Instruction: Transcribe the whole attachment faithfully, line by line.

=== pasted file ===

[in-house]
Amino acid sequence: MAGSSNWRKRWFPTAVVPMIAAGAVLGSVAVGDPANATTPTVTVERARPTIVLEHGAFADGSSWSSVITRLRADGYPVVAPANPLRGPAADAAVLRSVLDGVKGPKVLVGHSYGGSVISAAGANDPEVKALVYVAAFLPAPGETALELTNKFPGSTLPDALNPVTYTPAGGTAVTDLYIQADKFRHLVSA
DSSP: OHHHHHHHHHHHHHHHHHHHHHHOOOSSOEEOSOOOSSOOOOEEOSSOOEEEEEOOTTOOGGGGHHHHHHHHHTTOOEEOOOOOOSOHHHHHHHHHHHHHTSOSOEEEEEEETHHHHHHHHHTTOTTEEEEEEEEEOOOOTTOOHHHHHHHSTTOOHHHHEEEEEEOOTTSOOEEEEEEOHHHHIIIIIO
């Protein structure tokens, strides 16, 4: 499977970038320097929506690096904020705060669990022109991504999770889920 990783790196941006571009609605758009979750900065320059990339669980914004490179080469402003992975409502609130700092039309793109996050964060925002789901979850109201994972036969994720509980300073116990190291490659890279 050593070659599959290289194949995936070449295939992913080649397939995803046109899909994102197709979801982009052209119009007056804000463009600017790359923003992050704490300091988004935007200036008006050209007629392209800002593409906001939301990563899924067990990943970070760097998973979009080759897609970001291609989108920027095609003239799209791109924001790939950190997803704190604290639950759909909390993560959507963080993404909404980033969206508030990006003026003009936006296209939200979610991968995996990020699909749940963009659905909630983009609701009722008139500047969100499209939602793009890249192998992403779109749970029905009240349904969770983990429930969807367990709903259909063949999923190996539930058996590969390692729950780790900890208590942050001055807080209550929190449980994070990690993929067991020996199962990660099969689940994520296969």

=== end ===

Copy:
[in-house]
Amino acid sequence: MAGSSNWRKRWFPTAVVPMIAAGAVLGSVAVGDPANATTPTVTVERARPTIVLEHGAFADGSSWSSVITRLRADGYPVVAPANPLRGPAADAAVLRSVLDGVKGPKVLVGHSYGGSVISAAGANDPEVKALVYVAAFLPAPGETALELTNKFPGSTLPDALNPVTYTPAGGTAVTDLYIQADKFRHLVSA
DSSP: OHHHHHHHHHHHHHHHHHHHHHHOOOSSOEEOSOOOSSOOOOEEOSSOOEEEEEOOTTOOGGGGHHHHHHHHHTTOOEEOOOOOOSOHHHHHHHHHHHHHTSOSOEEEEEEETHHHHHHHHHTTOTTEEEEEEEEEOOOOTTOOHHHHHHHSTTOOHHHHEEEEEEOOTTSOOEEEEEEOHHHHIIIIIO
């Protein structure tokens, strides 16, 4: 499977970038320097929506690096904020705060669990022109991504999770889920 990783790196941006571009609605758009979750900065320059990339669980914004490179080469402003992975409502609130700092039309793109996050964060925002789901979850109201994972036969994720509980300073116990190291490659890279 050593070659599959290289194949995936070449295939992913080649397939995803046109899909994102197709979801982009052209119009007056804000463009600017790359923003992050704490300091988004935007200036008006050209007629392209800002593409906001939301990563899924067990990943970070760097998973979009080759897609970001291609989108920027095609003239799209791109924001790939950190997803704190604290639950759909909390993560959507963080993404909404980033969206508030990006003026003009936006296209939200979610991968995996990020699909749940963009659905909630983009609701009722008139500047969100499209939602793009890249192998992403779109749970029905009240349904969770983990429930969807367990709903259909063949999923190996539930058996590969390692729950780790900890208590942050001055807080209550929190449980994070990690993929067991020996199962990660099969689940994520296969």